Endemic poverty, oppression, censorship, corruption, and illiteracy (especially among women) are the hallmarks of decades of socialist rule in Egypt. The National Democratic Party chaired by 82-year old Soviet-educated dictator Hosni Mubarak is a nationalist, socialist, defacto one-party regime and also a member party of the Socialist International. There are three reasons why the fall of the Mubarak dictatorship might trouble me: 1) Mubarak has been an ally (albeit well-paid) of the US; 2) Mubarak has been if not friendly at least not hostile to Israel; and 3) it could be worse.
Here’s Michael Ledeen’s take:
Egypt’s destiny will be determined by a fight among Egyptian people, some of whom wish to be free and others who wish to install a tyranny worse than Mubarak’s. That’s the opposite of freedom. Think about the free elections in Gaza that brought the Hamas killers to power.
Here’s Richard Fernandez’ take:
“The Obama administration is ramping up pressure on President Hosni Mubarak to address the grievances of the Egyptian people and said the government’s response to protests may affect U.S. aid.”
But there were also signs that the Obama administration was looking past Mubarak — to the Muslim Brotherhood, “a hard-line, but nonviolent, Islamic” group. Not only was the president taking both sides of the argument, he was looking to buy insurance for the future.
Here’s the Wall Street Journal:
Arabs perceive Mr. Obama as de-emphasizing democracy promotion after George W. Bush tried to make it a centerpiece of his second term, Mr. Hamid said.
Expressions of “concern” should be condemnation and outrage, Mr. Hamid said. “We are watching history, and Obama is on the wrong side of it.”
Here’s GOP Rep. Thaddeus McCotter’s statement on the crisis:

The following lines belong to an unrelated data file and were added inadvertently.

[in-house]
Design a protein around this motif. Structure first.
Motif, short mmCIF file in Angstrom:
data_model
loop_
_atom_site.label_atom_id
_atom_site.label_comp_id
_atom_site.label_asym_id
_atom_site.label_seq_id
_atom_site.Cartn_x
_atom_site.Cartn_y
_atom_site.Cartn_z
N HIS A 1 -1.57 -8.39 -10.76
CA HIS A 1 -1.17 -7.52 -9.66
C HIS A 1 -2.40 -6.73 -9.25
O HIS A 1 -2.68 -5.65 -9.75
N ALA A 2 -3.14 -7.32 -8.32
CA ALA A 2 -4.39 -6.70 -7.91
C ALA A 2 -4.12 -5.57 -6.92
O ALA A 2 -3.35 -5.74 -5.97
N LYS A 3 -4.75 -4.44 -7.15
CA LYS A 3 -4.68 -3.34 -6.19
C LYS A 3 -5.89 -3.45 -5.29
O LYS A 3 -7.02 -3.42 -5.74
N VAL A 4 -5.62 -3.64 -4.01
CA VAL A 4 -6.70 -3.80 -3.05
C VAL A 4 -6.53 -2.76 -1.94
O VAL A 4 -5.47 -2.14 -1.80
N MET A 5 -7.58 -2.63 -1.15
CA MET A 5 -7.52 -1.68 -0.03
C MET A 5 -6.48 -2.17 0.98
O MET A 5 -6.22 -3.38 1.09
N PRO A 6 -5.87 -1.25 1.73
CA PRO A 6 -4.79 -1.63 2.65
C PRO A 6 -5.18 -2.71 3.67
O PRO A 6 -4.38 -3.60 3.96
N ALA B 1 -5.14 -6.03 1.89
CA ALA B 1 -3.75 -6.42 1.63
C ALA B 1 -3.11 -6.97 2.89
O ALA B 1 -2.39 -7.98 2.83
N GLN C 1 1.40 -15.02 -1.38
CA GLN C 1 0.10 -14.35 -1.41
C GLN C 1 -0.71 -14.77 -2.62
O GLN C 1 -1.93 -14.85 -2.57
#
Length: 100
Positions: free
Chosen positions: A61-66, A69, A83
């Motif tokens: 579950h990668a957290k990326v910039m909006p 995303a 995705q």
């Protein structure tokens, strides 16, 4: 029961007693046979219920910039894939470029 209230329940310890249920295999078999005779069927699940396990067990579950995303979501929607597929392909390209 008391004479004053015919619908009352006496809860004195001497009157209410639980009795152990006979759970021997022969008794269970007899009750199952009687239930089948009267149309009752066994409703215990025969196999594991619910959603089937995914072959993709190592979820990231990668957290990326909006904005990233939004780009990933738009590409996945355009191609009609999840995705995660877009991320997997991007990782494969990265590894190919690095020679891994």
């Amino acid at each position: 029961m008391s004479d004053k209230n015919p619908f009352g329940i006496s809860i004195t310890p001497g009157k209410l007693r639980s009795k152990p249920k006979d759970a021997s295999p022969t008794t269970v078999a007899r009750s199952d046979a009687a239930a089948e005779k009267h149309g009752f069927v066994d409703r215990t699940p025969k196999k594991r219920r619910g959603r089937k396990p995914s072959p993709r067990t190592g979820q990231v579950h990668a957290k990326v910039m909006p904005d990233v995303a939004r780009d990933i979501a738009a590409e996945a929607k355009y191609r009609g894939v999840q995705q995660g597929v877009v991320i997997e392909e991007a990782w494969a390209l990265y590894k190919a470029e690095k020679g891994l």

The Egyptian demonstrations are not the equivalent of Iran’s 2009 Green Revolution. The Egyptian demonstrations are the reprise of Iran’s 1979 radical revolution.Thus, America must stand with her ally Egypt to preserve an imperfect government capable of reform; and prevent a tyrranical government capable of harm.
For if Egypt is radicalized, all of the reforms sought by the Egyptian people and supported by the United States with them – including consensual and constitutional government; free elections; open and unbridled media; and Egyptian control of their natural resources – will be lost. Nascent democratic movements in the region will be co-opted and radicalized. The world’s free and open access to the Suez Canal’s vital commercial shipping lanes will be choked. And the Sinai Accord between Egypt and Israel – which must be protected as the foundation and principal example for Mideast peace – will be shredded.
…Inexcusably, this crisis has been hastened and exacerbated by the U.S. Administration’s refusal to whole-heartedly embrace Iran’s truly democratic 2009 Green Revolution. Make no mistake: strategically and cynically, freedom’s radicalized enemy is exploiting a real religion to undermine liberty and true reform just as Soviet communism posed as a secular creed to obtain the same illegitimate ends.
Hillary Clinton was right about one thing: President Obama is not ready for a 3 AM phone call.